Monochrome…Never Out Of Style; Black & White And Read All Over

“The ink is black… The world is black, the world is white…”—David Arkin for Three Dog Night

Because it pays homage to a long tradition in photography, this black-and-white-themed issue has always been one of my favorites. That’s why I decided to devote this month’s column to photographers who capture monochrome images and, like photography itself, work in diverse genres. This month also sees the return of the Shutterbug Reader-of-the-Month’s website that also features infrared monochrome imagery. And for those readers who asked why I haven’t recently added images to my Flickr pages, it’s because I am having serious problems with the site that their automated (no humans allowed) help system cannot seem to fix. If you work for Yahoo! or Flickr and can help, please contact me via e-mail at:
Roman Loranc shoots most of his pictures within an hour’s drive of his home in California, but he’s also interested in exploring his ancestral roots in Europe. That’s why the six collections in the “Photographs” section of his website contain images made here in the good ole U.S.A. as well as in Poland and Lithuania and it’s these latter collections that I dived into first. Most of the photographs here are delicate landscapes, such as “Wooden Pier,” that are often deftly toned, adding to the overall lightness of his images. There is one portrait—a chimney sweep—that uses a direct August Sander’s approach and makes me want to see more. Loranc has a flair for the abstract in found objects and his “Shadow, Lightning Rod” image in the architectural subcollection of his Poland collection has a definite Picasso feeling that made me smile. The Lithuania collection has more architectural than landscape images, the most striking being “Radiance,” which appears to have been made in a monastery.

What is striking is that even when Loranc shoots in America he is drawn to similar scenes, as can be seen in the Northern California collection that includes photographs made in Sea Ranch, Mount Shasta, and the Eastern Sierras. He moves easily from airy seascapes to “hit you over the head” traditional landscape drama with his images of Mount Shasta, including “Little Shasta Church.” This latter image only makes you want to see it bigger than the tiny thumbnail or small image that appears when clicked. To see it bigger, I’ll need to visit one of the brick-and-mortar galleries listed under his (surprise) “Galleries” tab. Roman Loranc’s photography is the kind of imagery that made me want to become a photographer oh so long ago. He is truly a modern master.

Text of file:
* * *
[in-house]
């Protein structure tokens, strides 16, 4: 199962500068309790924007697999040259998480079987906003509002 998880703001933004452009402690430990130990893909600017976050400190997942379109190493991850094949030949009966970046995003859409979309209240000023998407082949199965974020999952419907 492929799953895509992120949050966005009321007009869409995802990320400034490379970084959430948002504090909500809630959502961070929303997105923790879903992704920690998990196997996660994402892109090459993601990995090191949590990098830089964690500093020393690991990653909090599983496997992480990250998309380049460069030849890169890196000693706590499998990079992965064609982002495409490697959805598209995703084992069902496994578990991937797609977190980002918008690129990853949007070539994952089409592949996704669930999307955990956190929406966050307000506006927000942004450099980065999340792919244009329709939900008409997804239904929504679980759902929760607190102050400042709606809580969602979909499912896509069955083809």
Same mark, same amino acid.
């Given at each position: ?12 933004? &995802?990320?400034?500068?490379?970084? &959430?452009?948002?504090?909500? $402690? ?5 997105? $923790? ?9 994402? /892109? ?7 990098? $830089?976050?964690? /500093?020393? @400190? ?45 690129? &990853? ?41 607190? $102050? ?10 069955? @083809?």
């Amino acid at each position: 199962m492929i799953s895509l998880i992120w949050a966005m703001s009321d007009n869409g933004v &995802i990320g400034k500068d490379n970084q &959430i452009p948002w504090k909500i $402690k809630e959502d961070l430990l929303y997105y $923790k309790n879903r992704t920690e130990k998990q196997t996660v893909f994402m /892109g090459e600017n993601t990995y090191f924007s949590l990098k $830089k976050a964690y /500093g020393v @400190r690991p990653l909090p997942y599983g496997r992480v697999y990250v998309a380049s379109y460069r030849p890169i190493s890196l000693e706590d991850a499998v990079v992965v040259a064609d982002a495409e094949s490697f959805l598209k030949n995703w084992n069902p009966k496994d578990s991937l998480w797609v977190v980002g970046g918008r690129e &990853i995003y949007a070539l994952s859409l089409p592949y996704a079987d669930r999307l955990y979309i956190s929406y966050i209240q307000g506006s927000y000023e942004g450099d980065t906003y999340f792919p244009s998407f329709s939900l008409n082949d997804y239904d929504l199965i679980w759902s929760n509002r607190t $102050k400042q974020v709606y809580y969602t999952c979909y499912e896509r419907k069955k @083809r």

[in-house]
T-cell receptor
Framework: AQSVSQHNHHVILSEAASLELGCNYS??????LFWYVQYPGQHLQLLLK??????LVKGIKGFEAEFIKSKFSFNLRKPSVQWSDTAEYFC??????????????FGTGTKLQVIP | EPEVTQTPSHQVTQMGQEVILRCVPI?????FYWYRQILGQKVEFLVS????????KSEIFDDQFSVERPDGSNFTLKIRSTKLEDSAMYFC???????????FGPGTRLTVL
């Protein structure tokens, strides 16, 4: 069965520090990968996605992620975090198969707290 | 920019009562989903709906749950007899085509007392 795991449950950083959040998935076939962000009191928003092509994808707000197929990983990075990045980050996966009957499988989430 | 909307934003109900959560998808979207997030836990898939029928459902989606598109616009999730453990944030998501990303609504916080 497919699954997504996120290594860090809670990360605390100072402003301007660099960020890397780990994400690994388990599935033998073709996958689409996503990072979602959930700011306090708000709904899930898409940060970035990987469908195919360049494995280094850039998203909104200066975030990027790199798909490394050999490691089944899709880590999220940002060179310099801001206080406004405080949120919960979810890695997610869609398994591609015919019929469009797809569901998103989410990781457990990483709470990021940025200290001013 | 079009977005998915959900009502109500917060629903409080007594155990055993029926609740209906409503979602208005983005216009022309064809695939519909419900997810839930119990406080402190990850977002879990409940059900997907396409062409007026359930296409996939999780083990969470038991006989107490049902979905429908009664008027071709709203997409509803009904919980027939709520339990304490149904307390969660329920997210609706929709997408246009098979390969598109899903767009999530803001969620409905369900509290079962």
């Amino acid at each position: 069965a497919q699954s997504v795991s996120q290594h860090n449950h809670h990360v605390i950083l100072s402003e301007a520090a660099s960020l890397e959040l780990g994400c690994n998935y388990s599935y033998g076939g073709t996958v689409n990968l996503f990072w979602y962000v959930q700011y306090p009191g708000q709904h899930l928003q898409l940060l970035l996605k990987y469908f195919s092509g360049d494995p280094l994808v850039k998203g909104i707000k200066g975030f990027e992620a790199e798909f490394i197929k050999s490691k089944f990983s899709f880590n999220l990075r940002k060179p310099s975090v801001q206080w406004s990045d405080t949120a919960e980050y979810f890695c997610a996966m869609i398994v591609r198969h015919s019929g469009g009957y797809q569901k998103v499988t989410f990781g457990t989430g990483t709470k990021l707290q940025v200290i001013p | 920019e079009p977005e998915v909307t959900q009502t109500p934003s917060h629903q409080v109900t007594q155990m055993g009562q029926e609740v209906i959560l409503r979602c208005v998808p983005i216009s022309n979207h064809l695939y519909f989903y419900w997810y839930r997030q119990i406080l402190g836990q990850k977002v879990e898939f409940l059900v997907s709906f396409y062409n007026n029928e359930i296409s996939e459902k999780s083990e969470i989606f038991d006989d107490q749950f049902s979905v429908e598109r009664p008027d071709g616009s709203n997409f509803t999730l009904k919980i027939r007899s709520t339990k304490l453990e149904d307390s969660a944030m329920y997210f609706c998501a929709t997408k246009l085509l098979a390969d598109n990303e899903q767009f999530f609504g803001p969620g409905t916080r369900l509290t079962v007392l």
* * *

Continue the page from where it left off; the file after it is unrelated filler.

© 2011, Roman Loranc, All Rights Reserved
Although Gary Buehler doesn’t live all that far from me, I don’t know him but am familiar with his black-and-white portraits from having seen them exhibited in local malls. While his tasteful website lists six galleries, including Couples, Seniors, and Fine Art, the bulk of his images are found in the Children, Babies, and Pregnant collections. Buehler is one of those gifted photographers who brings out the best in his subjects even when photographing children, a challenging discipline to be sure. Portraiture is always about lighting and Buehler clearly has that aspect of his craft buttoned down, but it’s expression that sells photographs and the look on these kids’ faces will delight you—as I’m sure they did their parents—and this only occurs when a subject implicitly trusts the photographer.

If children are a challenge, then babies are even more so, and while Buehler hedges his bets by occasionally involving one of the parents, the results transcend the genre and become downright artful, if not art. Otherwise, the babies are photographed in their birthday suits and that “naked baby” theme is carried over into his pregnancy portraits when the mothers-to-be are photographed (for the most part) nude. Those readers who find such images offensive should avoid this section, but they would be missing some of Gary Buehler’s finest work.

© 2011, Gary Buehler, All Rights Reserved